Wednesday, November 30, 2011

Quick Sewing FO

Just a short post (well, shorter than usual anyway) to show off my latest project.

Thread Catcher

ThreadCatcher1 For: my studio

Date: November 29, 2011

Materials: cotton muslin, sample pieces shibori-dyed in alizarin with rust from bulldog clips; lining – vintage heavyweight cotton, black; non-woven fusible interfacing.

Notions: Nylon webbing, black (recycled from an old backpack), Gutermann polyester sewing thread, black; nylon string-trimmer cord.

Pattern: Pincushion Thread Catcher from Kathy Beymer, free tutorial here.

Modifications: I didn’t stuff the pincushion but interfaced with stiff fusible interfacing and topstitched the edges. I used recycled nylon webbing for the straps. The bag was pretty much as instructed but I used string-trimmer cord for the boning. I also stitched a decorative band around the top edge of the bag.

ThreadCatcher2 Comments: The decorative band was a little sloppy! I ran out of bobbin thread while stitching and backtacking with the black thread on the muslin showed more than I would have liked. Oh well. It’s functional anyhow and a nice reminder that my machine does have some interesting stitches that I never use.

The reason that I didn’t stuff the pincushion was so that it remained flat to fit underneath my serger which sits on an old mouse pad to keep down the vibrations and noise. I tucked it underneath the mouse pad in the exact spot to catch the strips from the cutters.

Now I want to make another smaller one for the sewing machine!

This is all part of my ongoing efforts to make my sewing experiences more comfortable and convenient. I’ve already noticed a big difference since I put a hook on the side of the sewing table right beside the sewing machine for the small scissors. Now I can access them easily and not lose them among the debris or have them get knocked on the floor with the risk of damaging either me, the floor or the scissors themselves. I don’t like them actually attached to me which might have been another option. I’ve tried wearing them around my neck but they seem to get in the way too much. And any connecting string or elastic or whatever just annoys me when I go to cut something.

Yesterday I also pinned up my press cloths to the wall near the ironing board using bulldog clips and pushpins. I have a teflon sheet, a square of silk organza, and an old baby diaper left over from when my kids were small. However judging by this article from Threads, I could probably stand to make a few more options!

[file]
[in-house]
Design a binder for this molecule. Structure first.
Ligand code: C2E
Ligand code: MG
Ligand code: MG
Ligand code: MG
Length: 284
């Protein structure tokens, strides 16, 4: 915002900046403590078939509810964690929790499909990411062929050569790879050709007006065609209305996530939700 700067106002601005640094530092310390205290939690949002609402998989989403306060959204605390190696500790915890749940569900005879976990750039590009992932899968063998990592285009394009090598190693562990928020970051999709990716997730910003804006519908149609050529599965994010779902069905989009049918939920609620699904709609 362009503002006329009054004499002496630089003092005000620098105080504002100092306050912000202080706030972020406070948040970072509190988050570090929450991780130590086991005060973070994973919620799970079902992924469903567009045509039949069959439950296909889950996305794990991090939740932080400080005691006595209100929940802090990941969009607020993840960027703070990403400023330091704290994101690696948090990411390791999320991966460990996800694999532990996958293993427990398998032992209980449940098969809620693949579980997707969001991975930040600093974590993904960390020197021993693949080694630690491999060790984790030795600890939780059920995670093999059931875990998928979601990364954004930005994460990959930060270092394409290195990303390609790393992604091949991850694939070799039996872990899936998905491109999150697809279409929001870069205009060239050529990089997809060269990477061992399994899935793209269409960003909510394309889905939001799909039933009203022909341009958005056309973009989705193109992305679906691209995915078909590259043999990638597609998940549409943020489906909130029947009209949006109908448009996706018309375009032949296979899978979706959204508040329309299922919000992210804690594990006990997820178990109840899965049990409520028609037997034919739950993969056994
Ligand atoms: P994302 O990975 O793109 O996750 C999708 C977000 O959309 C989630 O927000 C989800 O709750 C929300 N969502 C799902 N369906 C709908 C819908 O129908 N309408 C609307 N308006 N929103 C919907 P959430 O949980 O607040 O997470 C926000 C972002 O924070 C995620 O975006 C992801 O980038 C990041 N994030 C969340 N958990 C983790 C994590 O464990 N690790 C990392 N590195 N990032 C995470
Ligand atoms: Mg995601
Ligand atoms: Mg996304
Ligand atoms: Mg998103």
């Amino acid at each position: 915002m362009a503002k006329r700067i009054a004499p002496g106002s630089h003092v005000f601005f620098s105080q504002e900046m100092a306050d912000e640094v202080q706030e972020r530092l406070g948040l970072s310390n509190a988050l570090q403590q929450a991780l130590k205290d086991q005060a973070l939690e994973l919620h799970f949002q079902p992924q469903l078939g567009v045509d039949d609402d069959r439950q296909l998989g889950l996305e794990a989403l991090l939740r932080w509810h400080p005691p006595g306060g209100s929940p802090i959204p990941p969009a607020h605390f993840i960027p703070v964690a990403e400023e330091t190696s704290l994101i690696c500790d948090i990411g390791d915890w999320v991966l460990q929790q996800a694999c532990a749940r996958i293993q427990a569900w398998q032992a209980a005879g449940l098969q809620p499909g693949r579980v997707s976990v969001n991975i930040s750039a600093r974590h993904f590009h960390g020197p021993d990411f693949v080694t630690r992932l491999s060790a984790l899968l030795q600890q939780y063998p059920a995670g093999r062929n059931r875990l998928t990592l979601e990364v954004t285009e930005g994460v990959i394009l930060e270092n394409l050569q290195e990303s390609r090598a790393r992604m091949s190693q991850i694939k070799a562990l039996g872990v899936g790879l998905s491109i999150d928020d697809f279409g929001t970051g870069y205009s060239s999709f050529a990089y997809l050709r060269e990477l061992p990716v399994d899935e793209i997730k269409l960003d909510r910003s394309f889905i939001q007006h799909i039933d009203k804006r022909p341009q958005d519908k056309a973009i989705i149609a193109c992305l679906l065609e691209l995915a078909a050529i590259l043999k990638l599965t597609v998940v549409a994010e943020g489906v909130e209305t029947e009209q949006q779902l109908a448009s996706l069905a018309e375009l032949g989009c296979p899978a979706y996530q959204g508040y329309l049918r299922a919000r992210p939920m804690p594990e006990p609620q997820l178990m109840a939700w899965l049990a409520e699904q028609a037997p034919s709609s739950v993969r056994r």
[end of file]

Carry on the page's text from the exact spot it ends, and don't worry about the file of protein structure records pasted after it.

Another project I want to get to eventually is a pressing ham. I have the sawdust – thanks to T-Man’s woodturning! And of course the appropriate fabrics are somewhere in the stash boxes. I just have to do it. Eventually.

But right now I have to go wash a mountain of dishes that has accumulated because I actually forgot to do them yesterday. I managed to get carried away looking at the clothes on the Navabi website. Go here and select your country, unless you can read German. I clicked the Canadian one just to see the prices. And then go to the Lagenlook Boutique. These clothes are very much my style though I guess not in my budget. Or probably not even in my size since I’m at the lowest end of their size scale and a lot of the garments are made in one or at most 2 general sizes. However, I can steal knock-off borrow the ideas with abandon now that I have some basic patterns to work with that really do fit me. The photos have a zoom feature that allows me to see sewing details in most of the garments – except the really black-black ones! The style photos on the model are a bit annoying though when they cover up the top I’m trying to view with another top, a handbag and the model’s hair. Don’t you agree that she should really get a more stylin’ haircut and funkier shoes so she looks like someone who actually wears these clothes? Or is it just me? The story of this company is interesting though. It’s here.

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